In Puglia, the heel of Italy's boot, I approached a pasta-making lesson with a combination of eagerness and anxiety.
I was eager because, as an Italian-American, I am happy to explore all things from my particularly delicious culinary heritage. And then the anxiety: A tiny finger of dread poked at me because I am, admittedly, a terrible cook. (That I come from a long tradition of family restaurant proprietorship is an added indignity.) But here in the homeland of my ancestors, surely these kindly nonne would take me to their ample, apron-wrapped bosoms and convey to me the techniques behind their ancient art. At least, I hoped they would.
While most of Italy embraces pasta, Puglia takes that love even further. The region could arguably be considered one of pasta's holy places, with many centuries-long traditions originating here. Each of the region's provinces claims a distinct pasta shape made from its own locally-grown durum wheat; each shape is designed to marry ideally with ingredients particular to its location. Some work well with seafood, others with legumes or vegetables, while everything receives a healthy dose of local olive oil.
Here, near Castel del Monte, I was going to learn the art of orecchiette ("little ears," named for their orb-like appearance), under the tutelage of two squabbling octogenarians named Dina and Maria. The small curled discs of dough work well with heartier sauces, or dishes like orecchiette con le cime di rapa (broccoli rabe), the pasta providing little scoops in which the other ingredients nestle.
We met in the garden of Antichi Sapori, a simple country restaurant owned by Pietro Zito. In addition to growing most of the ingredients for his menu, Zito uses the garden as a living laboratory to teach residents about the local food traditions he fears will be lost. The nearly four-acre garden was full of late-summer color, bursting with bright spots of tomatoes, peppers, and aubergines among the wavy vines of leafy vegetables. To one side of the plot, local women were preparing sun-dried tomatoes, while their husbands strung up fresh bright-red fruit for a long bake in the sun. And in the center of the garden was a wooden work station: the classroom for our pasta lesson.
Zito recruited the nonne, Dina and Maria, from a nearby village, but they came as well from a long tradition of street-side pasta-making in larger towns like Bari, where methods of proper dough and shaping are debated publicly and loudly. What's not arguable, however, are the ingredients: Traditional Puglian pasta is made from only flour and water. Dina and Maria bantered back and forth in Italian while preparing the wooden board upon which we'd knead, shape and cut the pasta. Working quickly and side by side, they mixed flour and water, a little at a time, measuring only by eye and monitored with an occasional friendly slap to the arm or a loud cluck. Another unofficial validation: making the sign of the cross over the dough.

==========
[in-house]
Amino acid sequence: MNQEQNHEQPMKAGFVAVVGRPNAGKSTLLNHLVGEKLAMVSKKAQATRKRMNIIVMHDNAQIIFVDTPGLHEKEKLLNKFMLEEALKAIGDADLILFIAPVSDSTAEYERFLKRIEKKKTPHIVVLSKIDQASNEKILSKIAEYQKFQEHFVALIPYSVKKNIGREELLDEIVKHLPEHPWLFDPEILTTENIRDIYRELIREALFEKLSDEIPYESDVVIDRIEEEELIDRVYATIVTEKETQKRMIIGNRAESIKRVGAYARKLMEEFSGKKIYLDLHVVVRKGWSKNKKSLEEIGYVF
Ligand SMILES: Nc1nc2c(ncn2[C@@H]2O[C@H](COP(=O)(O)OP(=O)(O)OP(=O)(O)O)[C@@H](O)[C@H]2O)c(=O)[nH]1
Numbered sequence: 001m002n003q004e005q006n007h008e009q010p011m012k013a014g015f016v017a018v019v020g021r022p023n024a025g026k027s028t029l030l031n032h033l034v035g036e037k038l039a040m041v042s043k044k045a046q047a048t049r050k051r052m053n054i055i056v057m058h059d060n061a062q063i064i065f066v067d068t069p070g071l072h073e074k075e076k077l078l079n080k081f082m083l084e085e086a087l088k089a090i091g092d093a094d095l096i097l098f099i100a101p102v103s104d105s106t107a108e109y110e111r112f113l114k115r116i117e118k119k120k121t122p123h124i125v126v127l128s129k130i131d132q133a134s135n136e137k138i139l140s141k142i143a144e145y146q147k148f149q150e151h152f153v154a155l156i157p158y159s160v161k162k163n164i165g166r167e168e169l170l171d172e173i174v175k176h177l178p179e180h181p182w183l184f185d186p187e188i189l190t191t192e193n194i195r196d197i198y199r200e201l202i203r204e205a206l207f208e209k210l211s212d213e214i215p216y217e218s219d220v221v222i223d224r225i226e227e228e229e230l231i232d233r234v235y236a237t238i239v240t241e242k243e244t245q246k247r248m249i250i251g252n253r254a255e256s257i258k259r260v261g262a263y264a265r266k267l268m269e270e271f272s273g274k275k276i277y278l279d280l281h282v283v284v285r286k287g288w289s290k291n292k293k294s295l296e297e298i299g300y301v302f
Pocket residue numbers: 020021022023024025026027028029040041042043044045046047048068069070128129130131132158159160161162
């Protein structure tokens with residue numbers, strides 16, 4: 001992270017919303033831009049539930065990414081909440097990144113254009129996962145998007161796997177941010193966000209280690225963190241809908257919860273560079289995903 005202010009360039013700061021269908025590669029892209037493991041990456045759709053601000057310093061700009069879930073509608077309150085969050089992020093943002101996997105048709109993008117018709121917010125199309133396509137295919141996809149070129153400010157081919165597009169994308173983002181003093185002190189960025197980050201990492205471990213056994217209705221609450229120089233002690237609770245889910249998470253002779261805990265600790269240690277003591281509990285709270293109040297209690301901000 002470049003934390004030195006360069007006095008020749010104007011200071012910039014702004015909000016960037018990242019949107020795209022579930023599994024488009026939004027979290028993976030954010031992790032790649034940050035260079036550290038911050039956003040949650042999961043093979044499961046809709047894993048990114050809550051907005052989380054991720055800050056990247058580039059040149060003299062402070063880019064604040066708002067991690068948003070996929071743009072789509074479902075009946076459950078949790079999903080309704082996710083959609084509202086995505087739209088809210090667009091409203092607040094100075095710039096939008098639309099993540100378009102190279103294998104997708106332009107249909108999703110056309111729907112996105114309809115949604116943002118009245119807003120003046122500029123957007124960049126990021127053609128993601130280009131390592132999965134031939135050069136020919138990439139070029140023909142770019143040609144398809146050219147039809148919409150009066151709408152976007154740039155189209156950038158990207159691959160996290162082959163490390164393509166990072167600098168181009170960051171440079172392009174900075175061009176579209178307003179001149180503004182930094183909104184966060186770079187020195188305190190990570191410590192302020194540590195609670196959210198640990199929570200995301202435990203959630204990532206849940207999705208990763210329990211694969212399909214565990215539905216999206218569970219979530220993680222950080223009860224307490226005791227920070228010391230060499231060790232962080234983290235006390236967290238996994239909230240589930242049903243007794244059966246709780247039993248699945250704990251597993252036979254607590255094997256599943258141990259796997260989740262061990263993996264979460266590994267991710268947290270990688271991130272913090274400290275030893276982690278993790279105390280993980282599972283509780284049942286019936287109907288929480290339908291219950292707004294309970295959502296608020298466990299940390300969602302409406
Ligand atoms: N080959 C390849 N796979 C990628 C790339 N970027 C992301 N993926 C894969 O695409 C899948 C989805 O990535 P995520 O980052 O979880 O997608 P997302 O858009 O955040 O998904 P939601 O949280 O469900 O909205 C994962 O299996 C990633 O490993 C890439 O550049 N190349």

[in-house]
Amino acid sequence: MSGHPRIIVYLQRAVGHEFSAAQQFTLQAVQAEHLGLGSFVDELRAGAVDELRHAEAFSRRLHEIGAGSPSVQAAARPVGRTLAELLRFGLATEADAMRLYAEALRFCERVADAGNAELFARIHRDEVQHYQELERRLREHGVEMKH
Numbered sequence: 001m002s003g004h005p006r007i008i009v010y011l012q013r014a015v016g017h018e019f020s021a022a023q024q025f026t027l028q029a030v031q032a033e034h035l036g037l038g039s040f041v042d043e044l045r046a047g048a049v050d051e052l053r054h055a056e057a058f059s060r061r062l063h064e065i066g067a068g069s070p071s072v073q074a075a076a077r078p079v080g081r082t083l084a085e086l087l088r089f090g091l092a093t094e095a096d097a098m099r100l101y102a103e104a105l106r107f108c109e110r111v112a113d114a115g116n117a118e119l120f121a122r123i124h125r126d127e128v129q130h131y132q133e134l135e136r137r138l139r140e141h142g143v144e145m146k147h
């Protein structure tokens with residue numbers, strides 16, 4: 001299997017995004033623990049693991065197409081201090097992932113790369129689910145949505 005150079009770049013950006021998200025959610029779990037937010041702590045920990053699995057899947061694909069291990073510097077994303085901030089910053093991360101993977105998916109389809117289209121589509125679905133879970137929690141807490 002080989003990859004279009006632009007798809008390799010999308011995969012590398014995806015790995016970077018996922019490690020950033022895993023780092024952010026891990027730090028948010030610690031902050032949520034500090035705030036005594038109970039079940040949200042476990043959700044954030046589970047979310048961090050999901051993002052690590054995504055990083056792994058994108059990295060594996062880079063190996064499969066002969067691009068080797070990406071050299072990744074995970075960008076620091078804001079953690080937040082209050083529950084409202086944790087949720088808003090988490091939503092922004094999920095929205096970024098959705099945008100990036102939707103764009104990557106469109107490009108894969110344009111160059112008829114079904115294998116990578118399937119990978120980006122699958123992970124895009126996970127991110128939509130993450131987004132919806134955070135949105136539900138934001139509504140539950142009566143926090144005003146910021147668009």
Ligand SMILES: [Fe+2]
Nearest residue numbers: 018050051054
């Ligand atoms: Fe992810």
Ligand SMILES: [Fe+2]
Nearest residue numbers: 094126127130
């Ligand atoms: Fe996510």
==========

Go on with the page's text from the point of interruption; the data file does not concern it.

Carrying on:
Credit: Lana Bortolot
Under their hands, we kneaded the ashy dough onto a lightly floured board, formed it into small balls, and rolled it into long thin strips. Key to shaping the little ears is a flat, triangular spade with which we sliced the dough and spread the small chunks into disks that would then quickly be flipped over the top of the thumb like a cap. Watching these women work—between them, a century of pasta-making expertise—it seemed simple.
I could chop and smear, but when it came to the final maneuver, a combination of dexterity and intuition, I failed miserably. I couldn't negotiate the spade with one hand, while applying an even amount of pressure to the flattening dough disk. And forget that thumb flip: I had too many fingers in the way. The ladies guided my hands through the motions, but it became clear I'd never understand the intricacies of transforming the dough into its iconic ear shape—at least, not in the afternoon available to me. It seemed orecchiette's mystery would remain in the hands of Dina and Maria. My Italian language skills weren't quite good enough to pick up on the nuances of their corrections, but I had enough knowledge to understand the final comment of one nonna to the other as they cleaned up the table once we were through. With a shake of the head and a glance at me, she said "Lei non si sposera"—she will never get married.
Trattoria Antichi Sapori
Piazza S. Isidoro 10
Montegrosso d' Andria